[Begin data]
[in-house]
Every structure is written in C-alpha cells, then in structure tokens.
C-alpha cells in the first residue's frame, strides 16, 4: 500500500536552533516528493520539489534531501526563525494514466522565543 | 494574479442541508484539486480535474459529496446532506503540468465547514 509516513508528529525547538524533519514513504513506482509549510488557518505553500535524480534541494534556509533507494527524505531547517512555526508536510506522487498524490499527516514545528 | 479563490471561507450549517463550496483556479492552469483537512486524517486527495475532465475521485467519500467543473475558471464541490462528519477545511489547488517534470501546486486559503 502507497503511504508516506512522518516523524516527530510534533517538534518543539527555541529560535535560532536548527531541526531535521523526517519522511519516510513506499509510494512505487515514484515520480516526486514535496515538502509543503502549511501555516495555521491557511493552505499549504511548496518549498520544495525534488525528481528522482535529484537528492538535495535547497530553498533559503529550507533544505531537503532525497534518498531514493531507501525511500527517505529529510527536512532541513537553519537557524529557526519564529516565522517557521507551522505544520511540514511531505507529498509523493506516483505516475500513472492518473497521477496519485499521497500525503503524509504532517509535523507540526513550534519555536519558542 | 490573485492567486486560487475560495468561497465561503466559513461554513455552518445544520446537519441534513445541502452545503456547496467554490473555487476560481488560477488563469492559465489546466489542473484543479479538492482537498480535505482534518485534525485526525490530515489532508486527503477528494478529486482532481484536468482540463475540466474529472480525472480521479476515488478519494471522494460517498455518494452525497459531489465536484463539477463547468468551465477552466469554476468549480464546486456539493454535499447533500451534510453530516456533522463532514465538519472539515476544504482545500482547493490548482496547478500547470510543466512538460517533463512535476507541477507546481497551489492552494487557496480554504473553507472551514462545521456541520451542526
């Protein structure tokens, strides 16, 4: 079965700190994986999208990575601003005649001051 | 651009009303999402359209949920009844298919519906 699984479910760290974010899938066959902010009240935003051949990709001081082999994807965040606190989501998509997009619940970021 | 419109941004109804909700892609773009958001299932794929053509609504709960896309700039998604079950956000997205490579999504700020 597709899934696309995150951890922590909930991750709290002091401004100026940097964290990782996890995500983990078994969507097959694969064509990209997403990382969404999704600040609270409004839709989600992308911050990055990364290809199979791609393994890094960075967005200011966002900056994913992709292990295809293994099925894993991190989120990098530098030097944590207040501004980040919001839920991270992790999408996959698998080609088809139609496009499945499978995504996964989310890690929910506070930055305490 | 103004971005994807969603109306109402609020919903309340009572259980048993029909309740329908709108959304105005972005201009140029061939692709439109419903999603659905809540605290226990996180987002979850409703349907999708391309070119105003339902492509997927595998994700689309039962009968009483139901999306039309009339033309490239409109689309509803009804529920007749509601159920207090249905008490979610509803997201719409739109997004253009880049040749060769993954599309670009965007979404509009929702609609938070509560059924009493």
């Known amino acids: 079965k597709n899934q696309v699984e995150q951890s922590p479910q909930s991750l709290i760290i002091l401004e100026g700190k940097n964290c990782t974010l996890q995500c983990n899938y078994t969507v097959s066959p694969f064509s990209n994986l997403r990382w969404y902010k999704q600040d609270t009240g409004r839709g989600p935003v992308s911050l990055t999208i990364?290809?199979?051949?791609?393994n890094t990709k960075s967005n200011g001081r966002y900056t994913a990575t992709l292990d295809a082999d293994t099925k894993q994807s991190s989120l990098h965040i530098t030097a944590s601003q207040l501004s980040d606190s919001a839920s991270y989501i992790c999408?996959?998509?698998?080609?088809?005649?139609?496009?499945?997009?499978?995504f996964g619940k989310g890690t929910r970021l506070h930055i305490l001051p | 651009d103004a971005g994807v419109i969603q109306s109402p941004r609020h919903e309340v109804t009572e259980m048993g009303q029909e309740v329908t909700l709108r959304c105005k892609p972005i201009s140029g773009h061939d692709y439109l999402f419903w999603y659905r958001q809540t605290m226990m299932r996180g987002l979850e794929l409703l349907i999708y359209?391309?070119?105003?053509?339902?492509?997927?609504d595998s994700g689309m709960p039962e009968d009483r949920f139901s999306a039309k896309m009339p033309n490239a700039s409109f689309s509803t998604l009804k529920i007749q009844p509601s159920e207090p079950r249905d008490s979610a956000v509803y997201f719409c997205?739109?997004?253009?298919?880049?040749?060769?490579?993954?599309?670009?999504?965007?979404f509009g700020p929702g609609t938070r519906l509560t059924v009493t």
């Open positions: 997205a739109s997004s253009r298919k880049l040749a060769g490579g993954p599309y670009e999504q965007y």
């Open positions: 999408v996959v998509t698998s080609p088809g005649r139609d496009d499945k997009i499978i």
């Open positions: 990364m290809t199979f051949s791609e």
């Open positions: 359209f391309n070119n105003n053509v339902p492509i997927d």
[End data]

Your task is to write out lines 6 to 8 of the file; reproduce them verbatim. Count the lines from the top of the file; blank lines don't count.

């Open positions: 997205a739109s997004s253009r298919k880049l040749a060769g490579g993954p599309y670009e999504q965007y």
């Open positions: 999408v996959v998509t698998s080609p088809g005649r139609d496009d499945k997009i499978i």
């Open positions: 990364m290809t199979f051949s791609e």